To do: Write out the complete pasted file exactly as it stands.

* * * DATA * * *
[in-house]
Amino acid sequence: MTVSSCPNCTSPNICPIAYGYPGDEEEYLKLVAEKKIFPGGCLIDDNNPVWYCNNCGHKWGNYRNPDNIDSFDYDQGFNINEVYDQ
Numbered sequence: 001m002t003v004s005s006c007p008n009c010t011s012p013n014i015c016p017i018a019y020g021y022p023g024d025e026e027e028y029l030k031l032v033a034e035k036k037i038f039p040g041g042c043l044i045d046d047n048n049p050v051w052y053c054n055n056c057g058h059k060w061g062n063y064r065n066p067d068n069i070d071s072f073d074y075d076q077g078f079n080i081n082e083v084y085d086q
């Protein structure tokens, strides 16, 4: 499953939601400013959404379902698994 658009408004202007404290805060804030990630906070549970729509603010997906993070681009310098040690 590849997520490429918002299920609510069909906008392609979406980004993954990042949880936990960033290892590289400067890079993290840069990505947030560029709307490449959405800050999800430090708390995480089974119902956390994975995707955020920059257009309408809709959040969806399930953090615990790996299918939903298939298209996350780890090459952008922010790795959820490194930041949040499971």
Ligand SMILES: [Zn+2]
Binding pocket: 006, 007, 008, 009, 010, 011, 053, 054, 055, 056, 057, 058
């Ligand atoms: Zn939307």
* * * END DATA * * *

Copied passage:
[in-house]
Amino acid sequence: MTVSSCPNCTSPNICPIAYGYPGDEEEYLKLVAEKKIFPGGCLIDDNNPVWYCNNCGHKWGNYRNPDNIDSFDYDQGFNINEVYDQ
Numbered sequence: 001m002t003v004s005s006c007p008n009c010t011s012p013n014i015c016p017i018a019y020g021y022p023g024d025e026e027e028y029l030k031l032v033a034e035k036k037i038f039p040g041g042c043l044i045d046d047n048n049p050v051w052y053c054n055n056c057g058h059k060w061g062n063y064r065n066p067d068n069i070d071s072f073d074y075d076q077g078f079n080i081n082e083v084y085d086q
């Protein structure tokens, strides 16, 4: 499953939601400013959404379902698994 658009408004202007404290805060804030990630906070549970729509603010997906993070681009310098040690 590849997520490429918002299920609510069909906008392609979406980004993954990042949880936990960033290892590289400067890079993290840069990505947030560029709307490449959405800050999800430090708390995480089974119902956390994975995707955020920059257009309408809709959040969806399930953090615990790996299918939903298939298209996350780890090459952008922010790795959820490194930041949040499971």
Ligand SMILES: [Zn+2]
Binding pocket: 006, 007, 008, 009, 010, 011, 053, 054, 055, 056, 057, 058
């Ligand atoms: Zn939307």